The potential therapeutic benefit of inhibiting both AR ligand production and binding led to the development of AR antagonists, such as bicalutamide, flutamide and nilutamide; however, the relative benefit of combining GnRH agonists or orchiectomy with AR antagonists remains an area of controversy. Meta-analyses of randomized studies have suggested a small, albeit consistent, benefit to the use of combined blockade in the treatment of men with metastatic disease.16 Some consensus panels recommend consideration of combined androgen blockade, given an apparent 5% survival advantage and limited additional toxicity over castration alone.11 At present, combined blockade is most commonly employed as a component of neoadjuvant and concurrent ADT with radiation therapy, and in intermittent androgen suppression.17,18
ADT prolongs overall survival, produces an objective response in bone and soft tissue metastatic disease, relieves bone pain, and suppresses PSA levels in 80–90% of patients with metastatic prostate cancer. While a dramatic initial response to therapy is common, ADT in metastatic disease is considered palliative, as disease progression despite anorchid serum testosterone occurs at a median of 2–3^years, with a subsequent expected survival of 16–18^months from the time of progression.19 Duration of response to therapy varies, with 5–10% of patients remaining alive 10^years after initiating ADT.20 A standard approach for patients with metastatic prostate cancer has been the use of either a GnRH agonist or orchiectomy as monotherapy.16 For patients with symptomatic metastatic disease, a nonsteroidal antiandrogen is often used before or at initiation of GnRH agonists to prevent adverse effects from the resultant initial LH and testosterone surge. In asymptomatic patients with metastatic disease, controversy exists over whether to initiate ADT immediately or to defer therapy. Although immediate initiation of ADT does not confer a clear overall survival advantage in these patients, it does improve cancer-specific survival and reduces the incidence of spinal cord compression, pathologic fracture and the need for palliative transurethral resection of the prostate.21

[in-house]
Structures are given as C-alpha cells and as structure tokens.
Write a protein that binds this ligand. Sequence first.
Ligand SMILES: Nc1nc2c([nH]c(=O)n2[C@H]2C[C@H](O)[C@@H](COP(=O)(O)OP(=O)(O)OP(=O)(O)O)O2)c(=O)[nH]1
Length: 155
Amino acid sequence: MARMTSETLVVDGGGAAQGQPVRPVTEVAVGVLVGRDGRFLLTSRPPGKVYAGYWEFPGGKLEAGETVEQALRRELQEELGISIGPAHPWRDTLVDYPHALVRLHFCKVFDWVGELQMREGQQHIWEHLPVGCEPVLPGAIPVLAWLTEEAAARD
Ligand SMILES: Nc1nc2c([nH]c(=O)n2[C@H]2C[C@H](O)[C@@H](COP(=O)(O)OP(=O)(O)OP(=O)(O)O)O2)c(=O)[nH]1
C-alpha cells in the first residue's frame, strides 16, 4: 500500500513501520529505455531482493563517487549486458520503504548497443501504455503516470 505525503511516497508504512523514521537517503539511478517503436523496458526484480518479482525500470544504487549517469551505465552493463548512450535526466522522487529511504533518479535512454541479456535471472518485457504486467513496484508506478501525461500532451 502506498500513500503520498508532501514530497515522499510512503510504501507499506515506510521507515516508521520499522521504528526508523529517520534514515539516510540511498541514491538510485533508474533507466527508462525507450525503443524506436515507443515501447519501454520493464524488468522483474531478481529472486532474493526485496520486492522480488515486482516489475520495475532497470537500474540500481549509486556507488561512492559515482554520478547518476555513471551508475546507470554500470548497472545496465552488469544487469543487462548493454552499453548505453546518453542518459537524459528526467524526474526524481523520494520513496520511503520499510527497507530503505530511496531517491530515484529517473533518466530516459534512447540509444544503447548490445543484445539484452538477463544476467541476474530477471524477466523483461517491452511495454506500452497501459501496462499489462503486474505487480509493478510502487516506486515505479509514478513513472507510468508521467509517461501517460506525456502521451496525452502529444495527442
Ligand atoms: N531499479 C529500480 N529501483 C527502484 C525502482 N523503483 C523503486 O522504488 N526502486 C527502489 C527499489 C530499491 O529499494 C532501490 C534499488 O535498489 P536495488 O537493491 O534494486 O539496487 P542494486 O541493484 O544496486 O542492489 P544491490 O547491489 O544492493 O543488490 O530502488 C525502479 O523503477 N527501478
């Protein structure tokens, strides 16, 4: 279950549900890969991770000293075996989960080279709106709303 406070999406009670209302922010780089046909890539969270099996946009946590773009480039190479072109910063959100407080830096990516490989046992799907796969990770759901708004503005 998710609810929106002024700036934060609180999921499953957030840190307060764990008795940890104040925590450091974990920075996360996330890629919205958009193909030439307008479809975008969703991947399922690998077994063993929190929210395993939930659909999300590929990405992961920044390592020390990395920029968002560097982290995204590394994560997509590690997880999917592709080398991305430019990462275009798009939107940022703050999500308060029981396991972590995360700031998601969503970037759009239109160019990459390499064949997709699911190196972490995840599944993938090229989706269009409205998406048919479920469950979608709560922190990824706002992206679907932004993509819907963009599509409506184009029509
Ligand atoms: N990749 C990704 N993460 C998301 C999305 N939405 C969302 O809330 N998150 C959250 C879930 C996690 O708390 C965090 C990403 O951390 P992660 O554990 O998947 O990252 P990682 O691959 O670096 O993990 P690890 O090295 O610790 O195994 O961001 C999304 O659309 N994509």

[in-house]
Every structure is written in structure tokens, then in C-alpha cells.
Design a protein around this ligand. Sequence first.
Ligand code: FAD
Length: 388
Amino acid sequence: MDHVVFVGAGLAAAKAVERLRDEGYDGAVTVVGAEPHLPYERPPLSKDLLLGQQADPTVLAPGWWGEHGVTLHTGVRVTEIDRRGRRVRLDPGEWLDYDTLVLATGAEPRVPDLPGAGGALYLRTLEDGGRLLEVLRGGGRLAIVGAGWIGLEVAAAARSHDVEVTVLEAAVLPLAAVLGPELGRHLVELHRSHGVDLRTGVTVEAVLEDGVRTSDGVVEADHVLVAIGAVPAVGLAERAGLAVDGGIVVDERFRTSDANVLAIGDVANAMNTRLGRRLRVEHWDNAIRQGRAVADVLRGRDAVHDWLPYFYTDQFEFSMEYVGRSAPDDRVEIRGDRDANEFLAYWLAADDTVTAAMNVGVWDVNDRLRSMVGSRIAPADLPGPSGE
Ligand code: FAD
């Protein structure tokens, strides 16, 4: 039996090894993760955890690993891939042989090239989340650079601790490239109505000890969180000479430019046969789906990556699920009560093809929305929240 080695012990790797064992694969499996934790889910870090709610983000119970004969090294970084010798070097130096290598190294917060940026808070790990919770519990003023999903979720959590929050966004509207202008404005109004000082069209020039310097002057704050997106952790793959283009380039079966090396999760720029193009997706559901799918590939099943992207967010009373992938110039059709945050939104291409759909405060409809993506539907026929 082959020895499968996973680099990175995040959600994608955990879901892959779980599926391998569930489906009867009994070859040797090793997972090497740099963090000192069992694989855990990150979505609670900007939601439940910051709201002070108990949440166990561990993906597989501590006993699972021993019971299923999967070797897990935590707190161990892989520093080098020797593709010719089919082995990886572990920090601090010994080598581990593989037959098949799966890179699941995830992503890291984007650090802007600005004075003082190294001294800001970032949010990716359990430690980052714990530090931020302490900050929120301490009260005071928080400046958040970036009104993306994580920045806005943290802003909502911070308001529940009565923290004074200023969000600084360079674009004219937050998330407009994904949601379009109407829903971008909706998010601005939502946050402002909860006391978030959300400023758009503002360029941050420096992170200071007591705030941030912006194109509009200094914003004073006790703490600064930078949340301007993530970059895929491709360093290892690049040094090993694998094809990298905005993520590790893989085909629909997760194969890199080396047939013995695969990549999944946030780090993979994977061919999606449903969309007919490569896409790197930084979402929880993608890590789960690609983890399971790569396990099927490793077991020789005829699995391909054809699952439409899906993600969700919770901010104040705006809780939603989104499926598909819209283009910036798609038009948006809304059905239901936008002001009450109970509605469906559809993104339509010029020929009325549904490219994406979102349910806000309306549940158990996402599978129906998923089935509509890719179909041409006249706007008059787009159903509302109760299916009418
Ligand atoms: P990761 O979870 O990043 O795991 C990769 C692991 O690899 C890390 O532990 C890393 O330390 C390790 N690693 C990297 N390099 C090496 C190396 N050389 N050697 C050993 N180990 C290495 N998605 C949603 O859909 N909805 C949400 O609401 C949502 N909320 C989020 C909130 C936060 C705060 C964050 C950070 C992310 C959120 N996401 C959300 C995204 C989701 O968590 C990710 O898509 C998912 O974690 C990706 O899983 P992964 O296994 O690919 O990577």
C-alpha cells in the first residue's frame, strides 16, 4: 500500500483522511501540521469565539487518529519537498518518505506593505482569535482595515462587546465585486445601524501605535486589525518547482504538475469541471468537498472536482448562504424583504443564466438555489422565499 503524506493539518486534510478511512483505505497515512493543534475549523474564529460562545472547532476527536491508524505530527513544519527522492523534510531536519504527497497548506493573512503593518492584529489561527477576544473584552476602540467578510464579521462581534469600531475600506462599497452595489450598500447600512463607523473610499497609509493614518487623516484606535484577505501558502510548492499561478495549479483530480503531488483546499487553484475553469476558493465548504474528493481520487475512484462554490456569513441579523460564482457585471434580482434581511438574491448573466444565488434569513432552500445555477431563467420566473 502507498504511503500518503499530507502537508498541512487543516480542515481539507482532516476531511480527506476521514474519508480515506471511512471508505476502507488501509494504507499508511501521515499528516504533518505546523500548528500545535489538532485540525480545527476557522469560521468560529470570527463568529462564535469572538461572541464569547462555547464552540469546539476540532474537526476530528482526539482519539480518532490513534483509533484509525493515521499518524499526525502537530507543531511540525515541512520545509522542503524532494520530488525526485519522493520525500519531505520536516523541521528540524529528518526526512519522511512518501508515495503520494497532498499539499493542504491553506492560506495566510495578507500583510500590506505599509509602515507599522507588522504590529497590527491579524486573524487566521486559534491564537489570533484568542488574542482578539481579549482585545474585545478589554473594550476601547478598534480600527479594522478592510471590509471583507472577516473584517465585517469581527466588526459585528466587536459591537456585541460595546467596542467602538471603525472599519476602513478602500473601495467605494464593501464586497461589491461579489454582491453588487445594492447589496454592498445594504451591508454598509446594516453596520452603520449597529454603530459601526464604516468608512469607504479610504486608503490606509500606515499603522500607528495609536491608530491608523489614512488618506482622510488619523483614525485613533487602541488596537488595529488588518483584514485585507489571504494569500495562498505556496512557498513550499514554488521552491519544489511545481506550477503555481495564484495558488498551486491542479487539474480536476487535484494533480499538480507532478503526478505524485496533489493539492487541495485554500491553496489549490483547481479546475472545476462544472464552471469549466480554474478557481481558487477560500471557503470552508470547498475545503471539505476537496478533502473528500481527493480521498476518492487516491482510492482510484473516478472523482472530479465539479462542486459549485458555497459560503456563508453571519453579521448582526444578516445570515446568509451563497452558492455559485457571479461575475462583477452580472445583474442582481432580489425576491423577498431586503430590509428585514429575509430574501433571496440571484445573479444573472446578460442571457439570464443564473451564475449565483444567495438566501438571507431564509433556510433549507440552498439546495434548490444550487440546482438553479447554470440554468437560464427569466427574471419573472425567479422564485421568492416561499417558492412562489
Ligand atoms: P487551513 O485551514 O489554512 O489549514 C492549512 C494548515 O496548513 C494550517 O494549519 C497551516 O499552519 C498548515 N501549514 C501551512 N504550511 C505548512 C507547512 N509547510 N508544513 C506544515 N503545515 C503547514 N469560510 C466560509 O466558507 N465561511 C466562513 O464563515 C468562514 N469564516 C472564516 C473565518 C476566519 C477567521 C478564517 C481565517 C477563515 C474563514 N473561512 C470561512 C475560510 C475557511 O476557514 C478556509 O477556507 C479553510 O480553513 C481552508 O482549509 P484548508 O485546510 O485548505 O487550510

Numerous randomized trials have demonstrated a benefit of combining androgen deprivation with definitive radiation therapy in men with locally advanced or high-grade disease (Table 1).22–25 Potential benefits of androgen deprivation include optimized radiation-induced apoptosis in local disease, and suppression of systemic micrometastasis.26 The trials reported in Table 1 varied with respect to the definition of high-risk disease, as well as the timing and duration of ADT, but essentially all have shown significant improvements in long-term local, distant and biochemical control. Although improvements in overall survival have been less convincingly demonstrated, the combination of ADT and radiation therapy is widely accepted as improving outcomes for patients with locally advanced disease. Most regimens include ADT monotherapy or combined blockade for 2 or 3^months before radiation therapy, concurrent therapy, and a variable duration of adjuvant treatment. Retrospective analyses suggest a benefit of combined blockade,27 although the relative benefits of combined blockade versus monotherapy in this setting have not been evaluated in randomized trials. For patients with intermediate-risk disease without significant comorbidity, 6^months of combined blockade plus radiation therapy carries an overall survival advantage compared with radiation therapy alone.17,25 One, as yet unpublished, randomized study in patients with high-risk cancer have described better outcomes with 3^years’ ADT compared with 6^months’ ADT.28 The benefits of combining ADT with radiation therapy have not been compared to those of dose escalation for patients with intermediate-risk disease. Until such studies have been completed, either 6^months of ADT or increasing the radiation dose remain standard options for patients with intermediate-risk disease undergoing radiation therapy.